France

Some articles on france:

Napoleon - Reforms
... higher education, a tax code, road and sewer systems, and established the Banque de France (central bank) ... which regulated public worship in France ... achievements the order is still the highest decoration in France ...
Napoleon - Legacy - Criticism
... and disorder in post-Revolutionary France ... and decision to reinstate slavery in France's oversea colonies are controversial and have an impact on his reputation ... must reflect the loss of status for France and needless deaths brought by his rule historian Victor Davis Hanson writes, "After all, the military record is unquestioned—17 years of wars, perhaps ...
Economy Of Saint Pierre And Miquelon
... with Canada, although it represents only 25 percent of what France had sought ... The islands are heavily subsidized by France, which benefits the standard of living ...
Napoleon - Titles, Styles, Honours and Arms
... Emperor Napoleon I of France House of Bonaparte Political offices Preceded by French Directory Provisional Consul of France 11 November – 12 December 1799 Became Consul New title ...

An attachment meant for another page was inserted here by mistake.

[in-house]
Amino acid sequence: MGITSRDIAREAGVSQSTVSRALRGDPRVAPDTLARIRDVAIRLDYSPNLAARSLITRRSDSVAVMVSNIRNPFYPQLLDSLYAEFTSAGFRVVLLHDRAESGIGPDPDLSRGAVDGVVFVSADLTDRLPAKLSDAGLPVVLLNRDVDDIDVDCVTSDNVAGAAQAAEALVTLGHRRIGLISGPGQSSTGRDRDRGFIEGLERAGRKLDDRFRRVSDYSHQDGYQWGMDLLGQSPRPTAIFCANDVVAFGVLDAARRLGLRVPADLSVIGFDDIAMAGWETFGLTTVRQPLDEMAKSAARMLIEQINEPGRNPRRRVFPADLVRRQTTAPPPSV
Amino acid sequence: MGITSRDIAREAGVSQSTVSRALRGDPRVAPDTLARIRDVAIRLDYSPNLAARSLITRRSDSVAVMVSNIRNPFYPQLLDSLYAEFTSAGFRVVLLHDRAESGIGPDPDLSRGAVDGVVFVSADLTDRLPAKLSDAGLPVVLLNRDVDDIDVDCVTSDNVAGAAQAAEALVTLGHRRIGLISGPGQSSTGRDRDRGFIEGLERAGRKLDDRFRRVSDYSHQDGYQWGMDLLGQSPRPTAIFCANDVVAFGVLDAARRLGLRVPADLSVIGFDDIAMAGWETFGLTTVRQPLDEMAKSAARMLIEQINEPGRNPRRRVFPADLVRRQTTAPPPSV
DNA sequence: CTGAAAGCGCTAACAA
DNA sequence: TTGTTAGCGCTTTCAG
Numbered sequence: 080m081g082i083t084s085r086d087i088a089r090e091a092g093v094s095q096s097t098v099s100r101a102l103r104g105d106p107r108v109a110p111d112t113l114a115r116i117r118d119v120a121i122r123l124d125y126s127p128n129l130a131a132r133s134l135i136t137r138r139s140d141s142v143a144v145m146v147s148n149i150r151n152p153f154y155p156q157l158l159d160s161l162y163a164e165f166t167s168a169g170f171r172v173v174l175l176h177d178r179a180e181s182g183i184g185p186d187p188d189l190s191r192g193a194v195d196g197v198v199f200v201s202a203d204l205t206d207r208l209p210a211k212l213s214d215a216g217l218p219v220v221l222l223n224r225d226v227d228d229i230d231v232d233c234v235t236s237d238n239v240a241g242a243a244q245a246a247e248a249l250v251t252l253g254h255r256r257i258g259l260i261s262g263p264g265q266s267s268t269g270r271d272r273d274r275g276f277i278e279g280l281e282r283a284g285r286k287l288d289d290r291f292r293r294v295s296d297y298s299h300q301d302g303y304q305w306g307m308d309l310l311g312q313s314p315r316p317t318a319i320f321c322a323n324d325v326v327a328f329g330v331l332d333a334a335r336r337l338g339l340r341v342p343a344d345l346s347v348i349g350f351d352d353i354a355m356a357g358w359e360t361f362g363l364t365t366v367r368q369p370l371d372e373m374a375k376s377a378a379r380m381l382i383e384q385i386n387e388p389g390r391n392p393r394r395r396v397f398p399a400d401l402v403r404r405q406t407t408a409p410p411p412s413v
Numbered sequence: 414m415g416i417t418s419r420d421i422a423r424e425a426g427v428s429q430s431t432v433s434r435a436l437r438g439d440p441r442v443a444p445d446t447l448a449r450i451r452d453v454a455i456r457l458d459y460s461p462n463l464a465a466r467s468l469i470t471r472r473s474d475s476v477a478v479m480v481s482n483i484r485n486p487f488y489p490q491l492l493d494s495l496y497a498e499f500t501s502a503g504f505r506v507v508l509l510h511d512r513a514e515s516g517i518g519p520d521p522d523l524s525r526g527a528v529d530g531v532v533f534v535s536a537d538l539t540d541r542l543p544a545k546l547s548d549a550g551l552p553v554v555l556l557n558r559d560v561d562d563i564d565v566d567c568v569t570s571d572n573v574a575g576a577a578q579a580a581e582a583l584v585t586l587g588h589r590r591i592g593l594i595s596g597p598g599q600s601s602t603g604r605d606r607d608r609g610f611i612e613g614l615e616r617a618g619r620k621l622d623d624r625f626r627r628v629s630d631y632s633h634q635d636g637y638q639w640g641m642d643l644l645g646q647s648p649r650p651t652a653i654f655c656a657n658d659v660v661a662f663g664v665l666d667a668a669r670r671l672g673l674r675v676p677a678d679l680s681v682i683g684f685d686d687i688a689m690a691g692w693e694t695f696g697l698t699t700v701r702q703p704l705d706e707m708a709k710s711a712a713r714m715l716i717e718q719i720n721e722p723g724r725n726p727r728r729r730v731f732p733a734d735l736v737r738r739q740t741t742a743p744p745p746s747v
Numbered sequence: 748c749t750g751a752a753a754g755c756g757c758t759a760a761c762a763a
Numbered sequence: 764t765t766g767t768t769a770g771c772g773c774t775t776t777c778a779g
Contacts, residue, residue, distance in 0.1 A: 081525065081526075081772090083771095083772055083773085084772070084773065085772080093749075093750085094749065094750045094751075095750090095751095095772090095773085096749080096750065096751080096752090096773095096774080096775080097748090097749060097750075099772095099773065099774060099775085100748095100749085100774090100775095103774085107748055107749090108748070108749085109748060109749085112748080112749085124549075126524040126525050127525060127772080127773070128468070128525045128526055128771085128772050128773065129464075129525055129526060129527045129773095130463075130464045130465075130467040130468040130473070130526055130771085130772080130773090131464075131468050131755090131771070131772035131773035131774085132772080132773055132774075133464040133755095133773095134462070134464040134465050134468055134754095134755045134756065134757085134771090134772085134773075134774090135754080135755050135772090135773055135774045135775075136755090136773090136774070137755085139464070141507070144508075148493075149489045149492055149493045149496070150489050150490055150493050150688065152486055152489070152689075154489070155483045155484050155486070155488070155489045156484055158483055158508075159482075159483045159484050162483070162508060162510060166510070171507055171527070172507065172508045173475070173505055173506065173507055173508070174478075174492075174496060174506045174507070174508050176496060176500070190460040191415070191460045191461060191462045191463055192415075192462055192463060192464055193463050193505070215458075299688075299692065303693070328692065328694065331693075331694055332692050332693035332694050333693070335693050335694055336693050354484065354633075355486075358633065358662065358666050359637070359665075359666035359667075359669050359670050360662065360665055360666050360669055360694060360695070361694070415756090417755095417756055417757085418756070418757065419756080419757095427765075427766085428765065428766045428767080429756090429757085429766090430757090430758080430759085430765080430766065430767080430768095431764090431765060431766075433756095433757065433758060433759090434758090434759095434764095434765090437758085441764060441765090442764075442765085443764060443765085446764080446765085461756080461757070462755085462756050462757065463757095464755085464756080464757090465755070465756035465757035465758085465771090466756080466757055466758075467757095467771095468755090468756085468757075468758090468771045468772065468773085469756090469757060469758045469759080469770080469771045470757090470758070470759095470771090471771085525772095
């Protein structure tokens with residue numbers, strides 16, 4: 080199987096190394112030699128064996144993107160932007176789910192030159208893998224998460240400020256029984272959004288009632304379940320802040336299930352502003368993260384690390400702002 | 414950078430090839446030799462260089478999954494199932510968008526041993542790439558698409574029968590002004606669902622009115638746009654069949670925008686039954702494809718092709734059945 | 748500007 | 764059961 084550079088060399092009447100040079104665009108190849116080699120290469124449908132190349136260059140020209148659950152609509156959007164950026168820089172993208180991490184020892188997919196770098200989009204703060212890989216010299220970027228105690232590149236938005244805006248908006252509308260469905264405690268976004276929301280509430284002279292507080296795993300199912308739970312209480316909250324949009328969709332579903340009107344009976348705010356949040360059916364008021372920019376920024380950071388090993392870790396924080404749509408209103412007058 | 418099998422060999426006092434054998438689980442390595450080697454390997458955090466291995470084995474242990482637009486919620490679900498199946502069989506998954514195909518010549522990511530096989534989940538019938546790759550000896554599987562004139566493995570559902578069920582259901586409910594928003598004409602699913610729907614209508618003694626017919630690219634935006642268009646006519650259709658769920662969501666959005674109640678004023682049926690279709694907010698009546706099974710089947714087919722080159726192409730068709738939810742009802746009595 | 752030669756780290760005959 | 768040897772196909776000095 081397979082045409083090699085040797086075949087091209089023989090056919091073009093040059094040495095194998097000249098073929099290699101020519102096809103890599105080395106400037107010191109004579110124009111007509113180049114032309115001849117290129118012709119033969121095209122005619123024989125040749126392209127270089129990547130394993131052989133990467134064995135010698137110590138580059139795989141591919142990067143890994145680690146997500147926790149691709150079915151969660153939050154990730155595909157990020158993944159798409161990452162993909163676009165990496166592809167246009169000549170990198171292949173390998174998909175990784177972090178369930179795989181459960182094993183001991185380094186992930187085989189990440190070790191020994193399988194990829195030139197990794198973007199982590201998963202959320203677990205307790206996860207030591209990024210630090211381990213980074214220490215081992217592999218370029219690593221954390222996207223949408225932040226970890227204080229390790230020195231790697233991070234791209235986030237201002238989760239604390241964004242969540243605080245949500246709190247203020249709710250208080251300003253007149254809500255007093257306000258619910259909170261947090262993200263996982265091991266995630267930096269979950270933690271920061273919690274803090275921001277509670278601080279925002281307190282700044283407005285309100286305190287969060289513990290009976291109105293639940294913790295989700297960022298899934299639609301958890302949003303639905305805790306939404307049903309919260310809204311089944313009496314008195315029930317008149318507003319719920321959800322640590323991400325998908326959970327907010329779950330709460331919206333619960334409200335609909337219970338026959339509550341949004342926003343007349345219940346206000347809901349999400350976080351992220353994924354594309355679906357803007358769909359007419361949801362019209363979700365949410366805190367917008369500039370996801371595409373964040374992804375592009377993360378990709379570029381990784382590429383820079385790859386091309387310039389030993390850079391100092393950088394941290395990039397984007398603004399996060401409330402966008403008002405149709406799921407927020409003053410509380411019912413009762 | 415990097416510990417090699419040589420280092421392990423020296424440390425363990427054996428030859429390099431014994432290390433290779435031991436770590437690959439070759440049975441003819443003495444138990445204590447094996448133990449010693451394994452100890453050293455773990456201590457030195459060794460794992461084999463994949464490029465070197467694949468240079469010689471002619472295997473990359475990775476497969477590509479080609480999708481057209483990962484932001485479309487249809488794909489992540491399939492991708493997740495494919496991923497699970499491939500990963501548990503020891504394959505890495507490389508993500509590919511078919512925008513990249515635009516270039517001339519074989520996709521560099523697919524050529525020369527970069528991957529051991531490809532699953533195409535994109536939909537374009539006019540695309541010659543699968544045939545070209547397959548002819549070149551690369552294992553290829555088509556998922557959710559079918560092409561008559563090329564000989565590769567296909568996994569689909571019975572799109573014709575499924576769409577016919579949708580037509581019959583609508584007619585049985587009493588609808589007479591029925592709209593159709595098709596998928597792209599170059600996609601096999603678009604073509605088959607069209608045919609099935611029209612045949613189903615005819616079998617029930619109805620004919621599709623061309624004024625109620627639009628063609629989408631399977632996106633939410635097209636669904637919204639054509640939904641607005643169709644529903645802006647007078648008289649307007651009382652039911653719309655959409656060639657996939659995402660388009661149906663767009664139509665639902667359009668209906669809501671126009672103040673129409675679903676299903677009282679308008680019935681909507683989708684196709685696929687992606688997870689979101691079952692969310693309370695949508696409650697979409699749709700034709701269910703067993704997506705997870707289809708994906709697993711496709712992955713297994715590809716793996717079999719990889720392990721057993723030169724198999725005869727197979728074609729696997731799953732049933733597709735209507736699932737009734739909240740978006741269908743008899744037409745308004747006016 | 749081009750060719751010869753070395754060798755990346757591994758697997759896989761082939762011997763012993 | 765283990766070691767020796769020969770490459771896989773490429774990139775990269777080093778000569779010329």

Foreign Relations Of Tunisia - France
... Tunisia and France retain a special relationship due to their history, geographic location, and economic relationship ... In France there is a sizeable Tunisian diaspora, and the French language is widely used in Tunisia ... Ranked by country, France receives the largest amount of Tunisian exports, and France is number-one regarding Tunisian imports also ...

More definitions of "France":

  • (noun): A republic in western Europe; the largest country wholly in Europe.
    Synonyms: French Republic

Famous quotes containing the word france:

    The law, in its majestic equality, forbids rich and poor alike to sleep under bridges, beg in the streets or steal bread.
    —Anatole France (1844–1924)

    It is not enough that France should be regarded as a country which enjoys the remains of a freedom acquired long ago. If she is still to count in the world—and if she does not intend to, she may as well perish—she must be seen by her own citizens and by all men as an ever-flowing source of liberty. There must not be a single genuine lover of freedom in the whole world who can have a valid reason for hating France.
    Simone Weil (1909–1943)

    In France one must adapt oneself to the fragrance of a urinal.
    Gertrude Stein (1874–1946)